May 18, 2006
Some US Schools Cancel Fridays Due to Fuel Costs
By Laura Zuckerman
SALMON, Idaho -- After homework and household chores, Bianca Sozzi intends to spend most Fridays next school year pursuing the pastimes of the average American adolescent: listening to music, talking to friends on the phone or playing computer games.
Come fall, all Fridays will mark the beginning of a three-day break for Sozzi and 1,029 other public school students in this small Idaho community.
In parts of the American West such as Salmon, sharply higher fuel prices have prompted a growing number of school districts to save money by shortening the school week to four days.
School systems in such remote, sparsely populated areas, where school bus routes can stretch across many miles and take hours to complete, say far higher transport and other energy-related expenses are squeezing already shrinking budgets.
The number of states sanctioning districts with four-day school weeks has at least doubled since a survey by the National School Boards Association in 2003 showed nine states and roughly a hundred districts adopting the measure.
"Rural districts are really struggling to keep things going and high fuel costs aren't helping," said Lynn Schow, superintendent of the Oneida School District in southeast Idaho.
To meet state guidelines for the minimum number of class hours, districts on a reduced weekly schedule have extended the school day by more than an hour.
Districts that have opted for shorter weeks say the total number of instruction hours remains basically the same despite what appears to be a total weekly reduction in school time of at least an hour. The hour or so difference is the time students would spend at recess and lunch, activities not tallied as educational hours.
The trend runs counter to a national push to lengthen the time students spend in school after models in Asian and European countries.
"The general pattern in this country is for students to be engaged in learning more rather than less time during a week," said Tim Waters, head of Mid-continent Research for Education and Learning, a regional education lab in Denver.
Critics say the measure places a burden on working families and that lengthening the school day without a corresponding change in teaching style may affect performance, particularly in younger students.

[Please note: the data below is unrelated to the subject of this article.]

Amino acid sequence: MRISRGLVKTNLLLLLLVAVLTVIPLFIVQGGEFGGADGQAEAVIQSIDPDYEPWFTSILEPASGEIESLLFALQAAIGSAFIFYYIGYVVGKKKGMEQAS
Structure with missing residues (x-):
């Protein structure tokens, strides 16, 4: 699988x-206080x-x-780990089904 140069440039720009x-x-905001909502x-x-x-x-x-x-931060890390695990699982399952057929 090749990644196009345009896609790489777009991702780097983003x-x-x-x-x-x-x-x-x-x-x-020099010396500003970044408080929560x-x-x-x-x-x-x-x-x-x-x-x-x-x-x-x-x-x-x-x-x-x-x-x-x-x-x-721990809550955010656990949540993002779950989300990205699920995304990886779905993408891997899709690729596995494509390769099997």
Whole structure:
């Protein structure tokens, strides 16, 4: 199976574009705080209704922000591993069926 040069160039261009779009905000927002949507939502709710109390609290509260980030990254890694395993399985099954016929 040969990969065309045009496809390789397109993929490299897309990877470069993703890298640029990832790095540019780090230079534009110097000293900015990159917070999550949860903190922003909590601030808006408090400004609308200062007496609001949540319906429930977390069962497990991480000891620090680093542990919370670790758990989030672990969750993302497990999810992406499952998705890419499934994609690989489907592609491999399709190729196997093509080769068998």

Salmon nurse Toni Hardin, a single mom, says her budget is tight enough without paying for daycare on Fridays for her 6-year-old daughter. She and other low-income families also will lose access one day a week to the free meals schools provide for their children.
"I have real mixed feelings about it," she said.
KEEPING KIDS INTERESTED, 4 DAYS A WEEK
Jack Jennings, president of the Center on Education Policy, said the challenge of a shorter school week that makes for longer school days is for educators to keep students intellectually stimulated.
"It's a long day for young kids," he said. "It will be up to teachers to keep kids interested. If you're doing drill-and-kill or rote teaching, students won't stay engaged."
But schools switching to four-day weeks have reported broad support from teachers, parents and students.
Board members in the Oneida School District this week voted to postpone for a year a decision about switching to a four-day week, a move that would save $109,000 annually. If the board approves the change, it would bring to eight out of 114 the number of public school districts in Idaho with a shortened week.
The school district in Victor, Montana this week became the first in that state to adopt a four-day week after studying positive reviews from schools in Colorado, Idaho and Wyoming.
In addition to savings from idling buses and contract workers one day a week, school systems reported increased attendance, with students and teachers tending to schedule personal appointments on the weekday off. Districts also have sought to stage sports events on that day to keep student athletes in class.
Bear Lake School District in the farming community of Paris, Idaho last year moved to a four-day week. A recent survey of the school system showed 90.9 percent in favor, said superintendent Cliff Walters.